To Wet To Plant!

2015 ushered in the start of my Tiny Farms 6th year of this long running drought. For the first time in more than 5 years it is to wet to plant my garden vegetables. That’s a good thing.

Over the past 6 days my rain gauge has registered almost 8 1/2 inches(216mm) of much needed rain.
It has not been all fun and games. This week, if I haven’t lost count, southwest Oklahoma has had more funnel clouds than I count and 19(I think) confirmed tornado’s on the ground, all confirmed by trained storm spotters. We have been mostly lucky ‘so far’ they have caused little homedamage, loss of life or other property damage.

Enhanced Fujita scale (EF-Scale) is used to describe expected/observed tornado damage. EF storms are rated EF0 – EF5 damage increasing as the EF number increases.
EF0 = 65-85 mph winds
EF1 = 86-110 mph winds
EF2 = 111-135 mph winds
EF3 = 136-165 mph winds
EF4 = 166-200 mph winds
EF5 = 200 + mph winds
Damage Moderate–>…..Significant

FYI 1999 Bridge Creek – Moore tornado – Mobile radar recorded winds up to 301 mph (484 kmh), which is the highest wind speed ever measured on Earth.

I hope this tornado rating (EF scale) and expected property damage based on tornado wind speeds(EF scale).

All of the farm ponds are full, creeks and small rivers are running bank to bank and a few are in flood stage.
Wheat crops look better that they have looked in at least 5 or 6 years. Many of the farmers that planted cotton will have to replant when the soil dries a bit. Seed beds were washed away leaving the fields flat as a plate.

:-)In a week or so I will plant / replant corn, squash, cucumbers and okra.

I’m hopeful that this has been the drought busting rain we have been waiting for.

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Why is common sense so uncommon?
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13 responses to “To Wet To Plant!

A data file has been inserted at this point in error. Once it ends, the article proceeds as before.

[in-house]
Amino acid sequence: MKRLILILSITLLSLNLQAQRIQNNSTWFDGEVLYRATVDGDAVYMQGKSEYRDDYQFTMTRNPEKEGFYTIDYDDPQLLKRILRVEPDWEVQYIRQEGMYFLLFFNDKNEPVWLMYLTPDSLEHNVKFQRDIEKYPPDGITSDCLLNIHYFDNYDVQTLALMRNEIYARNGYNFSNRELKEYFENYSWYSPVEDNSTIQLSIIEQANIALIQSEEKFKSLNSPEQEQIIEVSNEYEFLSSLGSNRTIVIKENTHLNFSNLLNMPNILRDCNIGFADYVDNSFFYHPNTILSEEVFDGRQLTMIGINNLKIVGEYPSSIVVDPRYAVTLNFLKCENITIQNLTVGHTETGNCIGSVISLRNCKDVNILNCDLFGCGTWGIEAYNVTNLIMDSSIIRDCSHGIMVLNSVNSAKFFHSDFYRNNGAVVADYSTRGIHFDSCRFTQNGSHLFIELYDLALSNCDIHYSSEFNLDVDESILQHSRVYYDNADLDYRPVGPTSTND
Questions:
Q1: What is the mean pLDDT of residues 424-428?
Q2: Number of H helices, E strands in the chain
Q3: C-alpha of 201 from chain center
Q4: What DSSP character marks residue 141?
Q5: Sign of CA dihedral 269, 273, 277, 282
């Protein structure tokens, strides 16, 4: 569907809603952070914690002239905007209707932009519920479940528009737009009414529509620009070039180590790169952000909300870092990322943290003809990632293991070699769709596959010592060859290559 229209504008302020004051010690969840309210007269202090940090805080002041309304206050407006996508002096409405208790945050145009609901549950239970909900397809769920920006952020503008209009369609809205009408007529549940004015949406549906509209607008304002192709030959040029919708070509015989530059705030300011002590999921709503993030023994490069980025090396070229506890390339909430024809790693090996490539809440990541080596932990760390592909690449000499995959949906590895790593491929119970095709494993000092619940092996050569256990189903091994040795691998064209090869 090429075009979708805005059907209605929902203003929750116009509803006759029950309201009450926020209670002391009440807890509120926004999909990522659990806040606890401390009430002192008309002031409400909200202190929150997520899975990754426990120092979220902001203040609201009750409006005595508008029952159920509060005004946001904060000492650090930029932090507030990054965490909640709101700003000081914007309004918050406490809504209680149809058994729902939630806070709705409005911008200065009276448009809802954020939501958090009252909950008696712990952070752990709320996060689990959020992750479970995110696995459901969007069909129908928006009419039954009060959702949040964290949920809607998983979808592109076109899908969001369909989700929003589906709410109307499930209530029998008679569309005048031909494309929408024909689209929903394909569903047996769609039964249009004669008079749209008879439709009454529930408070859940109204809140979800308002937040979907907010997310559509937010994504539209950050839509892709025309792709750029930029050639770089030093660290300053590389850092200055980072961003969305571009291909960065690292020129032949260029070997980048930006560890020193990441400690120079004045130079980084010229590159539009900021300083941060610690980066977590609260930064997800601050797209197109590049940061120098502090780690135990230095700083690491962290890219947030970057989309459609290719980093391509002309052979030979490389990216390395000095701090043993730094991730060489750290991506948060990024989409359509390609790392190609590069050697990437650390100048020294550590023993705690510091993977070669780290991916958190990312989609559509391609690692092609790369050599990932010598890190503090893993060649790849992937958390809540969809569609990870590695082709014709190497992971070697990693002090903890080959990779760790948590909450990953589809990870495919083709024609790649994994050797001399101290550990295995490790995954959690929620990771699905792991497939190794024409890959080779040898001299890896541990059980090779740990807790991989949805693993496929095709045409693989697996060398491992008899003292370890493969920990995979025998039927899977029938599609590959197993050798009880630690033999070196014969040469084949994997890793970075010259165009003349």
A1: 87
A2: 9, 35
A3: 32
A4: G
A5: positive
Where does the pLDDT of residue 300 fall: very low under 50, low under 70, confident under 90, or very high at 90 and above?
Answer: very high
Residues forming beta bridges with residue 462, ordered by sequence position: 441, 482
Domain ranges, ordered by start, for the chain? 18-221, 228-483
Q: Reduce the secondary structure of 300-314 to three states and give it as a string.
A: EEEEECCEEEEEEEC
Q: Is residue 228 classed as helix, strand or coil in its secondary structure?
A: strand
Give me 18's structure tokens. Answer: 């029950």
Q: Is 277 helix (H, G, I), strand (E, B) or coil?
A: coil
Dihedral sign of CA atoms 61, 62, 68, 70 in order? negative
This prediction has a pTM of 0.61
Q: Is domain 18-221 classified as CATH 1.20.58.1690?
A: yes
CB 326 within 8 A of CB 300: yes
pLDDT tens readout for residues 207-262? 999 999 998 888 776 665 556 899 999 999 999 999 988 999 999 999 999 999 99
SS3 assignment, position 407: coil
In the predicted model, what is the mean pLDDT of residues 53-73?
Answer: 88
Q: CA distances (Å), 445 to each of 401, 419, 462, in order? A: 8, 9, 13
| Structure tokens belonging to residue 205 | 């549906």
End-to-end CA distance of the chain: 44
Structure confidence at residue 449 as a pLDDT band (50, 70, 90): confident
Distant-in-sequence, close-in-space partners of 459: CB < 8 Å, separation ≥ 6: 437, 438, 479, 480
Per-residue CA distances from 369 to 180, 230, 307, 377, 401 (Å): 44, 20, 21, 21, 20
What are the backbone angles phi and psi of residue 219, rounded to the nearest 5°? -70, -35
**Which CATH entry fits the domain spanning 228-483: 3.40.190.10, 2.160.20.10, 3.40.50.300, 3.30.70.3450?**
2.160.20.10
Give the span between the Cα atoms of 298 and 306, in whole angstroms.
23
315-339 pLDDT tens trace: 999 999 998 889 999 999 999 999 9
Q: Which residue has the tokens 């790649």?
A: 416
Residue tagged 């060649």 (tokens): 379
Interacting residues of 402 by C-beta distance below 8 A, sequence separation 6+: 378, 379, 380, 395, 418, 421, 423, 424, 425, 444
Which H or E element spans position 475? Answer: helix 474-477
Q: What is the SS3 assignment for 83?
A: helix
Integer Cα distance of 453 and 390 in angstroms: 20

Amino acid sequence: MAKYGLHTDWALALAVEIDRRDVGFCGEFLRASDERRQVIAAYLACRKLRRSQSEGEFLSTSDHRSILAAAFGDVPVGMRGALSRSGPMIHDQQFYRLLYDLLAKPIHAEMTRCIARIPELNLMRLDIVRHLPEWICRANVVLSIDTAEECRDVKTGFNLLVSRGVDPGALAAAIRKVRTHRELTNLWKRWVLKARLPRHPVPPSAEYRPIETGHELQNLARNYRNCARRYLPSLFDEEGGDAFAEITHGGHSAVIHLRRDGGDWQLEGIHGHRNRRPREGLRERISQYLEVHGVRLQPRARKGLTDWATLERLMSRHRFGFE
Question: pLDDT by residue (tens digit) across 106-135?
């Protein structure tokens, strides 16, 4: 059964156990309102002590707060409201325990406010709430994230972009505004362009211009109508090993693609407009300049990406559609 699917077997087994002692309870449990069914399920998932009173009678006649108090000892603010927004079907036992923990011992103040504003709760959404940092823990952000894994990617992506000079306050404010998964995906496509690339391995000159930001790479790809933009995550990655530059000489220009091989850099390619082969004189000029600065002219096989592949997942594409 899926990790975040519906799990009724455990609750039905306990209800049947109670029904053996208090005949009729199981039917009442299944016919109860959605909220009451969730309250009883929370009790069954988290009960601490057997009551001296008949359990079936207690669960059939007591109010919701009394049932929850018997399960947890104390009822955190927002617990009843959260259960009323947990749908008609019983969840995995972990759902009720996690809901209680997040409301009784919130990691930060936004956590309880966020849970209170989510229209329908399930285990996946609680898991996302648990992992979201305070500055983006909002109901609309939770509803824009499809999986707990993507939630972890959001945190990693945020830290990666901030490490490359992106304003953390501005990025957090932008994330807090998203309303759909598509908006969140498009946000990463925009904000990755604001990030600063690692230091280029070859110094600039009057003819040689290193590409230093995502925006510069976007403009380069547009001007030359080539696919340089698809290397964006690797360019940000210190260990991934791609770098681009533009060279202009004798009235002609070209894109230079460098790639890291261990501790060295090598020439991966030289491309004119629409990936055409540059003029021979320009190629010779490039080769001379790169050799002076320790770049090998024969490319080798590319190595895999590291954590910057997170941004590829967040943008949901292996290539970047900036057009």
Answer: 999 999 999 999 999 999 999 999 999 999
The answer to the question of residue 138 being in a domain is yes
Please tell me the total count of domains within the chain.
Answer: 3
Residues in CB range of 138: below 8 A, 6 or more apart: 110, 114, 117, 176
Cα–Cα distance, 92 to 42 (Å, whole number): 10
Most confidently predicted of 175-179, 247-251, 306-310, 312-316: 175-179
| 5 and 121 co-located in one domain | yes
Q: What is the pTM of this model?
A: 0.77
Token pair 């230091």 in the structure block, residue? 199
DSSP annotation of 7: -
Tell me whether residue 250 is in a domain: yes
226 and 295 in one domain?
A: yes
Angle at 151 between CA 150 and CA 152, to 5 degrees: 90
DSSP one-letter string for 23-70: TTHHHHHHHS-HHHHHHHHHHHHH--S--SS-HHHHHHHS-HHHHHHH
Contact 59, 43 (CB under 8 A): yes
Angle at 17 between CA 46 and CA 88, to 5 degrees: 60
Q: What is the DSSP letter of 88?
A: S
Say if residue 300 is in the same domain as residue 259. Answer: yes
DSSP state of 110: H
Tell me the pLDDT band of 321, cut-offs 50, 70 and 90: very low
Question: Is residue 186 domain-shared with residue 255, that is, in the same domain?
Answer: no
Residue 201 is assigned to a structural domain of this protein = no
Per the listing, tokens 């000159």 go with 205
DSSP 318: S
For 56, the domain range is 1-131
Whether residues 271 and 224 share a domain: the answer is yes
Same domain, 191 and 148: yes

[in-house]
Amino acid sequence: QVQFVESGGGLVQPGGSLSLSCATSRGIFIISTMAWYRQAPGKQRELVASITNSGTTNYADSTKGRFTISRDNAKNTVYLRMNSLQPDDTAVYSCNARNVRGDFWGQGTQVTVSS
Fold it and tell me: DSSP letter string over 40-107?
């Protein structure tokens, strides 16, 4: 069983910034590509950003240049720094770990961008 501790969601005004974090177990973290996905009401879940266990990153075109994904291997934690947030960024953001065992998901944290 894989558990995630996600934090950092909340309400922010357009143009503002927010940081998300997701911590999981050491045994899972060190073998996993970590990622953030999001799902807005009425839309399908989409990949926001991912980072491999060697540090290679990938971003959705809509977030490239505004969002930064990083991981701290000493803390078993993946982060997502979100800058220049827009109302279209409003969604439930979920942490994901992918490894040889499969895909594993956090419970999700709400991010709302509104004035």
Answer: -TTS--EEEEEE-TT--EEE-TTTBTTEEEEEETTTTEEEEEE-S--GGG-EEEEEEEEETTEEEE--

1. So incredible to hear about your twisters. And we thought we were hard done by when strong winds, the other day, blew down one of our rather dilapidated fence panels! Here in southern UK, still worrying about frosty nights and surprisingly not enough rain!

    Liked by 1 person

    • Big Smile …. Not to say we are beaten down by the weather. It is just our sort-a normal spring season. If conditions,mostly the jet stream location, allows moisture to come in from the Gulf of Mexico, we will receive thunderstorms and often tornado’s will develop as well. Not to worry, it’s just a part of who we are and where we live.

      Happy gardening

      Liked by 1 person

  2. Gardening is such a task between droughts, critters, bugs, extreme heat etc. The rewards are worth every bit of work! I could not imagine a drought as we live on an Island surrounded by water. My fear is frost right now as I planted some of my larger veggies (corn, pumpkin, squash, beans etc) that were started in the greenhouse but so large they had to be planted. We had 90 degree temperatures over the weekend and Wednesday we are going to have a 38 degree day! Go figure

    Liked by 1 person

    • Big grin … that’s the real world, As I often hear my ‘real’ farmer friends say, It is always, to wet, to dry, to hot or to cold.

      Wheat has been in dry stress conditions since planting last September, now if it stays wet to long it will begin lodging(falling to the ground). Making difficult or imposable to combine.
      Farmers are a hardy bunch of folk.

      Happy gardening

      Liked by 1 person

  3. I’m pleased that you received some rain, but I hope those twisters stay away…..

    Liked by 1 person

  4. And we have had a drrrry April in Kent, S.E. England, so that I found myself last night watering the garden from the bath once more. I hope that stored water keeps you going for the summer.

    Liked by 1 person

    • 😦 In the real heat of summer, water can become a real problem. With a little wind and temps near or above 100 degrees F(38C) evaporation rate is often 1/2 inch(12mm) or more everyday. It can be a real challenge to put down water faster than it can evaporate.

      Good luck and happy Gardening



  5. Send your rain to California. They’ll love you for it.

    Liked by 1 person

  6. So glad to hear you’ve had life-giving rain at last, although those twisters sound terrifying and something we (normally) don’t have to worry about in Australia. The perils of trying to produce food are underrated by most people!


    • Grin … There are far to many children and adults that don’t have a clue how food is grown or even that milk comes from cows, not the supermarket.

      Happy gardening


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